Catching up from a busy October, a few weekends back was packed full of all kinds of production work, new to the mix of production I enjoy: professional video production. I’ve always liked video production, but a setup of this caliber is above the old camcorder and VCR work I did back in the 90s. One Christmas break back in elementary school I may have set up a news desk set and even a little home made lighting gear, and turned an extending painting pole into a mic boom… no tech like low tech. Later in high school put together a promotional piece with *actual* television editing staff and equipment, and was definitely hooked on tinkering with video gear. About the same time I picked up my first 35mm SLR camera and got into live audio, a bit of my own personal geeky production Renaissance.

On to the high tech big boys’ toys with Overdun Productions. Grip trucks, dollies, Steadicam, and a slick camera to drool over, the RED HD camera. Here’s some behind the scenes photos to check out.

Overdun Production behind the scenes RED dolly shot
Kyle and crew on dolly shot at sunrise
Video production makeup artist on location
Makeup artist Peg Jaworski touching up between shots
Video production scrim RED steadicam grips at work
Grips providing a little diffusion as shoppers go walking
Goshen Courthouse video production shoot
Production setup outside Goshen Courthouse
Goshen Indiana video production shoot
Line producers Kipp Norman and Executive Producer Kyle Bainter on location
Overdun video shoot RED camera on Steadicam
Sebastian working the RED on Steadicam
Overdun Productions behind the scenes Director Kyle Bainter
Alternate view from the talent side of camera
Overdun Productions - Line Producer Kipp with child talent
Director Kipp and Eric hi-5 – the crew was great with child & adult talent
Video shoot outdoor light modifying setup
Who says I take too much gear to a photo shoot? All modifiers on the sunny October daylight.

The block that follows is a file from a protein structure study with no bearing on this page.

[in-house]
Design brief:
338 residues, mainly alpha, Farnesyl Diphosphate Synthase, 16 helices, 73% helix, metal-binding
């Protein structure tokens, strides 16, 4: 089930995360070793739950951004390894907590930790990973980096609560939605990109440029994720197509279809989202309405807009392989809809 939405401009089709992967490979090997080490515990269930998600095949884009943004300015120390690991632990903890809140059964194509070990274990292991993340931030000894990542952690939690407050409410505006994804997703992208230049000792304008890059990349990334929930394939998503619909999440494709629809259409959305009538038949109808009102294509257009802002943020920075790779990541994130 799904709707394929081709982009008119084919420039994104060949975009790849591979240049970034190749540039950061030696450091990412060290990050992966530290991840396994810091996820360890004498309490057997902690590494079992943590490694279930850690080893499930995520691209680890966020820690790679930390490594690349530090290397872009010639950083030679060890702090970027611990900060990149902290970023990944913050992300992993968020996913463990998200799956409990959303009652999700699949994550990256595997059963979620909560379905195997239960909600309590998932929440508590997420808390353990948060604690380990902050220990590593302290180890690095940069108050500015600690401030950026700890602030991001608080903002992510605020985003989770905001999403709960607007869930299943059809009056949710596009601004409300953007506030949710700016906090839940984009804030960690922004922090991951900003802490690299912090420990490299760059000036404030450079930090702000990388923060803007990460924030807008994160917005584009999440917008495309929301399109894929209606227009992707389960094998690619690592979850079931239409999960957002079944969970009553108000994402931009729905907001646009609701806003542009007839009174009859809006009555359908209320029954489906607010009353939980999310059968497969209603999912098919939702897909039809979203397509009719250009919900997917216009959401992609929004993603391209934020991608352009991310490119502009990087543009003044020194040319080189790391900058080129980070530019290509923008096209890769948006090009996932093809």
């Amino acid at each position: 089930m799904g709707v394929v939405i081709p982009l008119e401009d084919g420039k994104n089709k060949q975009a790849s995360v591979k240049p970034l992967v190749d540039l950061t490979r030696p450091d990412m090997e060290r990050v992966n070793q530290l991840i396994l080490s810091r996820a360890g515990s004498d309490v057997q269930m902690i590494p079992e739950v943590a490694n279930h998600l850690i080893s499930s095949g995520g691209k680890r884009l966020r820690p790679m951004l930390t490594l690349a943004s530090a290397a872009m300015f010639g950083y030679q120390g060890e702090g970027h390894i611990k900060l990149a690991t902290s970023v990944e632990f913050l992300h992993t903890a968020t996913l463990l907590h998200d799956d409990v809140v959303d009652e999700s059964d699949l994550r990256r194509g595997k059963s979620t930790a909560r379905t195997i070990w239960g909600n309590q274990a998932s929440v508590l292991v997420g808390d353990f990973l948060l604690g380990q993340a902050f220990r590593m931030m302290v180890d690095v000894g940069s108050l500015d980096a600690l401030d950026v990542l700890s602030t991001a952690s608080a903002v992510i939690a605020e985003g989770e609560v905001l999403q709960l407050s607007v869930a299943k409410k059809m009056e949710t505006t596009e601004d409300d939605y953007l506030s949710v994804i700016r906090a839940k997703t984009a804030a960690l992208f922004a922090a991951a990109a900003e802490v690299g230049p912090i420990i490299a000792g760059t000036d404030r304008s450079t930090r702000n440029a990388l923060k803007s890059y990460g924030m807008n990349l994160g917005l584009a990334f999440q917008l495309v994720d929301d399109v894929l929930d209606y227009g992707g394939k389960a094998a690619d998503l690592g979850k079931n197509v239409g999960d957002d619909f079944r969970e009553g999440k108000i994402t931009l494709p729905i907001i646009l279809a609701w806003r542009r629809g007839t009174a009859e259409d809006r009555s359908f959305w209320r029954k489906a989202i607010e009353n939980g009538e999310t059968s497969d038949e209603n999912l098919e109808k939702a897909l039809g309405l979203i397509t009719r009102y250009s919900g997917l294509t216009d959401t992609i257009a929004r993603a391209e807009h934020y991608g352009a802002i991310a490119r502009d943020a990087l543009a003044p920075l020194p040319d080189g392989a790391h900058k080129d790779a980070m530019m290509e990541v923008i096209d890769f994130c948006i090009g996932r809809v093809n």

Outdoor video production RED dolly setup
Dolly shot setup of the Tommies
Child talent and RED camera video shoot
Tommy checking playback before shouting “in your places everyone!”
Commercial viedo shoot adult and child talents
Dad and son taking the winning shot
Video production father and son watch playback
Father and son watching playback

So what’s all this setup turn into? You may have seen some of Overdun Production’s work in the Michiana area already, here’s a clip below that’s been on air.


Check out more of Kyle at Overdun Productions’ work at www.overdun.com

Children Are a Blessing – Victoria & Louis’ Baptism

Yesterday Victoria stole the show during her parents’ private wedding ceremony at the Log Chapel. Today she and little brother Louis were baptized at the Basilica of the Sacred Heart on Notre Dame University campus. Notre Dame and the Basilica are full of traditions, both of the church and the families who have worshiped there. It was wonderful to be part of the Haynes’ family’s celebrations this weekend as the children were baptized where their father was also baptized.

I loved Louis’ attentiveness and curiosity as Father Rocca prayed over the children.

Notre Dame Basilica of the Sacred Heart Baptism

Notre Dame Basilica of the Sacred Heart Baptism

More photos to come! Congratulations Edward, Li Bing, Victoria and Louis on all your wonderful celebrations this weekend!

Notre Dame Log Chapel Favorites

I started the weekend early celebrating a wedding at the Log Chapel on the Notre Dame University campus with the Haynes family. It was a great morning for a summer wedding ceremony! I’d like to share a few favorites before I head out to this evening’s photo festivities. Enjoy!

Notre Dame Log Chapel Wedding Photographer

Wedding Flower Girl watching ring exchange

Daughter Victoria’s playful smile as vows and rings were exchanged

Wedding Flower Girl watching ring exchange

Heart shaped shadow reflection eucharist cup

The Eucharist cup reflected its shadow in an interesting shape – a heart!

More photos to come from a weekend of many celebrations with the Haynes family!

Celebrating Grandma Eleanor today

Eleanor V Bucholtz 1913-2010

That smile and her laugh went with her everywhere, and was contagious.

Today we’re getting all the Bucholtz families and friends together today to remember and celebrate the 96 years of smiles she shared with us all. Family gatherings were never without laughter, and I don’t see us changing that tradition today either.